Retaining Walls

Retaining wall blocks are extremely versatile and eco friendly. Ideal for applications such as landscaping, retaining cut and fill embankments, terracing, embankment and soil retention, construction of attenuation ponds as well as protection from soil erosion. Due to the diversity of the design of these retaining wall blocks, they allow for a variety of visual effects, suitable for domestic, industrial and commercial applications. Concrete block retaining walls are effective and extremely economical. They can be installed with spacing for plantability or as a closed structure. The interlocking method of construction make retaining wall blocks ideal for most retaining applications. A number of options, from plain smooth concrete to rock face with earthy colours which blend naturally into the environment are available. Steps may be incorporated into the walls:

What Are Gravity Retaining Walls

There are various types of these systems on the market with elevations ranging from open checkerboard appearance to closed vertical surface structure and many are plant supportive to varying degrees. Some systems are interlinked, while others interlock on the vertical and/or horizontal plane. All systems rely mostly on interblock friction to derive a measure of sliding resistance and under ideal conditions that is sufficient to prevent collapse when constructing a gravity retaining wall.

Yet, when substantial active lateral earth pressure occurs, considering the slender cross-section of these walls clearly no amount of interlocking or interlinking will prevent such a structure from collapsing. The most economical solution under such conditions is often found in constructing a multi-skin gravity retaining wall. Such a wall relies upon weight and frictional resistance to obtain stability. Alternatively, earth reinforcing or cement stabilised backfill techniques may be employed.

Shadow Divider

Light Gravity Walls

Light gravity retaining walls normally consist of a single skin of blocks and should not exceed a certain height limit. Please note that the NHBRC requirement is that one can build a wall to a height of 1.2m without consulting an engineer, but as a general rule 1.5m for walls no steeper than 70º is also possible. Any steeper and especially load-carrying walls must be designed by a qualified engineer, even if only 1.2m high.The planning of a plant supportive retaining wall should be looked at from the environmental point of view as well as considering structural and cost factors.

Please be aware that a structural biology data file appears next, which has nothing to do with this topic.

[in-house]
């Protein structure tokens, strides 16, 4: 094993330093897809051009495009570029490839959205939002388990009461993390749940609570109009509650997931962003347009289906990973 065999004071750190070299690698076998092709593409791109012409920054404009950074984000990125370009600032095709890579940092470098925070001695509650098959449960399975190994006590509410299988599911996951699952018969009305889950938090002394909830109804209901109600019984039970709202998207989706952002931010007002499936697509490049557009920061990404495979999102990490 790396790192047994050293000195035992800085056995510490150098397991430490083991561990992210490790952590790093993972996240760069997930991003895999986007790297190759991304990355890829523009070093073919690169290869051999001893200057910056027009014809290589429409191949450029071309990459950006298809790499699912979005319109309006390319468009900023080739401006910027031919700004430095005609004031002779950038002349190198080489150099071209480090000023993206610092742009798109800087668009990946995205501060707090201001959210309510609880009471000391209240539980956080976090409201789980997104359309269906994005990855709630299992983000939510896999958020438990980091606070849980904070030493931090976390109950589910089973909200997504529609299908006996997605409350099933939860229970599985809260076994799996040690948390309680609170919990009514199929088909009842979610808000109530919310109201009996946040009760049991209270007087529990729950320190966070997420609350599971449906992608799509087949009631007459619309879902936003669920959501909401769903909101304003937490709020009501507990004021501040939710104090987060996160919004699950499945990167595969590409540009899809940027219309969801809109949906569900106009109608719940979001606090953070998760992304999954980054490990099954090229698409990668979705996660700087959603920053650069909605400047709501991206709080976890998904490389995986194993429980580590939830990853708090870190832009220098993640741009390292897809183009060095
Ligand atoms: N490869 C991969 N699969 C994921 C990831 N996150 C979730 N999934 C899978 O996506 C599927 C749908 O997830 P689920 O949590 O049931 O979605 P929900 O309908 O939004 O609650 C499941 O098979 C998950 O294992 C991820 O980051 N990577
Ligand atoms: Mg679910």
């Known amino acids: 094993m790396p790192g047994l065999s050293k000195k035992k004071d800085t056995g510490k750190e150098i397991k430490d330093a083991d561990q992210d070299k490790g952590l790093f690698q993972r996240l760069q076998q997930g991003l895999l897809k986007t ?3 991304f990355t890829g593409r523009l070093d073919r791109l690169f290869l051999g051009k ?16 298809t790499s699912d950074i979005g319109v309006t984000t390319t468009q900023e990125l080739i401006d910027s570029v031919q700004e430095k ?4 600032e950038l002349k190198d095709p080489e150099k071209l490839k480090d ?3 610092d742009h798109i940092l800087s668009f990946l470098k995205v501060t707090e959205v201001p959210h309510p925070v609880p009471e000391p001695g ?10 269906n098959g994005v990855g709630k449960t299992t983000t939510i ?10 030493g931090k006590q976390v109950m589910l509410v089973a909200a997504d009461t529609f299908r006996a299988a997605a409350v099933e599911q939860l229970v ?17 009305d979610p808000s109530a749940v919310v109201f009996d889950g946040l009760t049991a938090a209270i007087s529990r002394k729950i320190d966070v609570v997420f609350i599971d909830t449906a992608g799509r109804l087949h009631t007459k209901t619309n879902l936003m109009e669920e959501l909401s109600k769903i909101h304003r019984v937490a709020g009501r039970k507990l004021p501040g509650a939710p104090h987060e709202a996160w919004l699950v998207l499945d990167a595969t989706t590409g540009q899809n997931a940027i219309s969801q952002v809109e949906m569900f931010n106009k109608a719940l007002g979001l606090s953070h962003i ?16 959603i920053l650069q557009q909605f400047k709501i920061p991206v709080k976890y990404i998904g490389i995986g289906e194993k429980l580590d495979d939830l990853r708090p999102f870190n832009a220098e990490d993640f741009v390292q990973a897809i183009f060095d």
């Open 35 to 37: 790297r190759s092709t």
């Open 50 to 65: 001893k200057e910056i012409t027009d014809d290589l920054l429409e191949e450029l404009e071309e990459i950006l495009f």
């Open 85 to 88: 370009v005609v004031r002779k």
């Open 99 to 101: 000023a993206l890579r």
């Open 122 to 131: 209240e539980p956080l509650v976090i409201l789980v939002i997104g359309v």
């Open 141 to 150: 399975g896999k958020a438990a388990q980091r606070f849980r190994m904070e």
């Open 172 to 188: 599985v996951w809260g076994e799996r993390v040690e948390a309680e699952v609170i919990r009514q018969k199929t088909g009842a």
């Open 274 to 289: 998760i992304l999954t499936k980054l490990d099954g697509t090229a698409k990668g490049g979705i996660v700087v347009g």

type of retaining system: Resist the temptation to specify slender, stretched-out types or imitations of proven blocks. The system should be chosen for maximum structural mass (no air voids within wall) combined with optimal rooting conditions. This will help in binding the system and embankment together.

Climatic conditions: Exposure to factors such as coastal, salt-laden winds, long hours of direct sunlight, deep shadows, etc., should be taken into account.

Function and type of vegetation: Herbaceous, deep rooting (low maintenance) or attractive flowers (high maintenance) may be considered. Mixed complimentary species or uniform ground covers can be planted. Feeding values for birds and insects must be investigated for a complete bio-engineering approach.

Heavy Gravity Walls

Heavy gravity walls are double skin walls, often with concrete reinforced backfill, for extra mass. A double skin, or layer, of blocks effectively doubles the gravity mass of the wall and increases the lever arm for overturning moments. The wall mass can be further increased by spacing the front and back skins using a stabilised fill and a geotextile or grid to hold the two faces in juxtaposition. It is not always necessary to take the second skin to the full height of the wall.

Often the designer is faced with a situation where the incline is steep and the mass of a wall system is insufficient to achieve a stable situation without resorting to additional measures. In most cases it will be found that the provision of a double skin wall for added mass is by far the cheapest solution, especially when it is not feasible to carry out additional excavation required to accommodate the installation of earth reinforcing techniques.

Factors influencing installation costs: as wall angles and heights increase so does cost. Due consideration has to be given to the presence of groundwater or unstable retained soil.